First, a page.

Medical Errors due to communication deficits occurring during shift change, on the weekends or when another doctor is covering for the attending physician are often the subject of litigation.
Medical errors are more likely to occur during a shift change or when one doctor signs off to another doctor. Weekends when staff is different or unavailable seems also to result in increased potential for medical errors to occur. Incomplete patient information, missing test results and poor communication among physicians and other healthcare providers result in potentially avoidable and catastrophic errors in healthcare. These can and often result in potential litigation.
Poor Communication during shift change
How often have you wondered what information has been communicated during shift change? How about the doctor that is covering for his partner or a colleague on a post-op patient? How much does the covering doctor truly know about the patient’s condition? How much time is spent making sure the critical information on the patient is communicated and how much of a duty is there for the handing off doctor to tell the covering doctor the details on the patient to make sure that the patient is kept safe? How much of the hospital chart should the covering doctor read to be prepared? All of these issues are serious issues and can lead to the patient receiving substandard care over the weekend or during shift change or when the attending doctor goes away on vacation and signs out to another doctor.
Recently I tried a medical malpractice case where the handing off doctor and the covering doctor pointed the finger at each other and blamed each other for missing critical signs of infection. While the two doctors didn’t make sure that their questions and answers on the patient’s condition were clear, critical information was not recognized and the patient’s condition worsened due to poor two-way communication.
According to a 2007 study in The Journal of the American Medical Association, direct communication between hospitals and primary care physicians is rare – happening only 3 to 20 percent of the time. The communication may only take place via consult notes or progress notes mailed or faxed to the primary care physician. An Archives of Internal Medicine study showed that 69.3 percent of primary care physicians reported sending patients’ histories to specialists all or most of the time, but only 34.8 percent of specialists said they routinely receive the information.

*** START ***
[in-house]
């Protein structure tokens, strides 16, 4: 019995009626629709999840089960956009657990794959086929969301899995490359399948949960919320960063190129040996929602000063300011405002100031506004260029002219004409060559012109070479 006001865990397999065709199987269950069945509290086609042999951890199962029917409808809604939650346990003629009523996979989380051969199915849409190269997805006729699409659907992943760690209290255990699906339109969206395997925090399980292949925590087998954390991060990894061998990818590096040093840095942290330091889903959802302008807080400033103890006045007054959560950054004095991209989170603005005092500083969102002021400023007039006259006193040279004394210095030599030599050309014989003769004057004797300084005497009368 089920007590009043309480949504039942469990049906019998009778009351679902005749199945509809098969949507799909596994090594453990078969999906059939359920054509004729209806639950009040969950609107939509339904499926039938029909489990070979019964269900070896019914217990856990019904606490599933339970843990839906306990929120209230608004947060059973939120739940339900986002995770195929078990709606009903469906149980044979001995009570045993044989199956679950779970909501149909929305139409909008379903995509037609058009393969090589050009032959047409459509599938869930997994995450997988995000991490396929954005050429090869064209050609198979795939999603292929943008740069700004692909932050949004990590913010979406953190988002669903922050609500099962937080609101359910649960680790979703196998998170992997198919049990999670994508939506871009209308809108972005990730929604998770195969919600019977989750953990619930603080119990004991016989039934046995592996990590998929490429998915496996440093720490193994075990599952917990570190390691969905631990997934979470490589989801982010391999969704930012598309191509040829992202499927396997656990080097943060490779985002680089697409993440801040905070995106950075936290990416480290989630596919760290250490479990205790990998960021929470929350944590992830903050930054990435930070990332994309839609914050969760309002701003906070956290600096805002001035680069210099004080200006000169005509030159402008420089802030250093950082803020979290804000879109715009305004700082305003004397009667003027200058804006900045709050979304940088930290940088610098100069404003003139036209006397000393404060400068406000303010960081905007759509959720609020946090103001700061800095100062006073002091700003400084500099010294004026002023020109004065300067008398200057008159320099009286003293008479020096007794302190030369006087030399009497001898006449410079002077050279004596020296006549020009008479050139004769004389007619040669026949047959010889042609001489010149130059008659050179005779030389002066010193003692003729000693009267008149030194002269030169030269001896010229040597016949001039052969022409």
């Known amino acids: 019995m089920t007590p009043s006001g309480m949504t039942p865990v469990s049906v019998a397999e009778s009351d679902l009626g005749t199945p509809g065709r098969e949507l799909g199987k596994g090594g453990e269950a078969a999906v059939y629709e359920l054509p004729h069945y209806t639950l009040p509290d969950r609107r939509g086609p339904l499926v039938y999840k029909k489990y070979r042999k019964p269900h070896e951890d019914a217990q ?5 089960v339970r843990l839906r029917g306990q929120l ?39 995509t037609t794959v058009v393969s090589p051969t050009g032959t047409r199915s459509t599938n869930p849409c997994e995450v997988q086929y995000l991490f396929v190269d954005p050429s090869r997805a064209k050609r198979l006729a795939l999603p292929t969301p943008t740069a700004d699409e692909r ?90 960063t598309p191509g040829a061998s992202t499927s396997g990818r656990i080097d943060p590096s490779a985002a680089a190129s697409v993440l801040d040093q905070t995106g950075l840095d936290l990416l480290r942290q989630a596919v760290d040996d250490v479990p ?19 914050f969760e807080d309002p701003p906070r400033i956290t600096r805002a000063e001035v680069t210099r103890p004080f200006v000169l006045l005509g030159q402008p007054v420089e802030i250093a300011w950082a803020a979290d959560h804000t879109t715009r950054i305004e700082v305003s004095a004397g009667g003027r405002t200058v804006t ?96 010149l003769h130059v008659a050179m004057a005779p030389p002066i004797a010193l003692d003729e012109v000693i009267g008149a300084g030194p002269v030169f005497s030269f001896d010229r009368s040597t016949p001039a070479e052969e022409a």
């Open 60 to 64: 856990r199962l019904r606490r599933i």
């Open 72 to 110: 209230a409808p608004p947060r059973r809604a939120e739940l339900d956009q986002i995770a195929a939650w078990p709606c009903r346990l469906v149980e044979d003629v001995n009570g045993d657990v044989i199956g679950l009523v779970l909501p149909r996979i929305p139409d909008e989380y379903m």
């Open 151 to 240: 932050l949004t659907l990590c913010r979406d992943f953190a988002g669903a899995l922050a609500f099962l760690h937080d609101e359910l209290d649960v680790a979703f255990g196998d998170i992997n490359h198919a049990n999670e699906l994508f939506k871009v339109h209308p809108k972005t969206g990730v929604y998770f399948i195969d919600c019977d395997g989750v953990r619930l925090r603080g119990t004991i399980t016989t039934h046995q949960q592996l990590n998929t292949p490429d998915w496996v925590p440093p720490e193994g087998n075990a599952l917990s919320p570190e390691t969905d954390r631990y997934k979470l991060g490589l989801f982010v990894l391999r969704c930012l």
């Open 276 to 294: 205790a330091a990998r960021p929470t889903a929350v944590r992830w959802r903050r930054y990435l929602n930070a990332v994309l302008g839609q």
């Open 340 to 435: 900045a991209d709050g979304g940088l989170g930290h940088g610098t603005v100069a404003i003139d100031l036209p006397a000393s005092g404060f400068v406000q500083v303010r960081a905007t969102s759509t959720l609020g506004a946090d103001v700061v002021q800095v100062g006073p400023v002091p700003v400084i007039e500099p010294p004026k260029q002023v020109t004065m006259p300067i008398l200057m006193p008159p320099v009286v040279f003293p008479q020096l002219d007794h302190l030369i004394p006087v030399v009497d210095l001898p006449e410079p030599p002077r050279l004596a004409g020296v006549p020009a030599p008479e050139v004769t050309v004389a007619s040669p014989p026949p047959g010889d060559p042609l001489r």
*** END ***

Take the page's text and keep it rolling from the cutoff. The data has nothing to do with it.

Conversely, 80.6 percent of specialists reported sending their results to the referring physician all or most of the time. But only 62.2 percent of primary care physicians reported receiving the information. Communication between doctors caring for a patient is critical and can oftentimes lead to oversights and medical errors. There have been many cases where a failure during the formal handoff of care from one doctor to another where communication errors have caused serious injury or death. For example, in one case an emergency room doctor was finishing his shift and wanted to get home. His patient, however, needed a specialized CT scan which could have been completed in the ER within fifteen minutes. Instead of doing the test, the doctor chose to hand the patient off to other doctors, but did so poorly and the CT never got done. As a result, the patient’s condition went undiagnosed for eight hours and he ended up dying. It was discovered that the hospital had no program in place for training its personnel on how to ensure proper handoffs. Sadly, this is far more common than it should be.
Successful Communication is the key!
To avoid communication failures with other medical professionals, physicians should deliver information face-to-face whenever possible. When information is sent, ask the receiver to confirm receipt. Without confirmation, the physician should follow up, rather than assume successful delivery. Standardized safety checklists can also help physicians avoid communication failures during patient hand-offs to another doctor. When a patient is in the ICU and his care is being assumed by another doctor over the weekend or at vacation time it is critical that the accepting or covering doctor review relevant information in the chart as well as obtain in a face to face hand off relevant information on the patient’s condition to continue the same level of care previously provided by the handing off doctor. We recently represented a client where the hand off was ineffective and the communication between the two doctors was faulty leading to grave consequences.
If you or a loved one has been injured due to the negligence of a medical professional, call or email us at Mishkind Kulwicki Law. We can help get your questions answered and help you understand what happened and whether the injury was due to a communication error and whether this error represents medical negligence.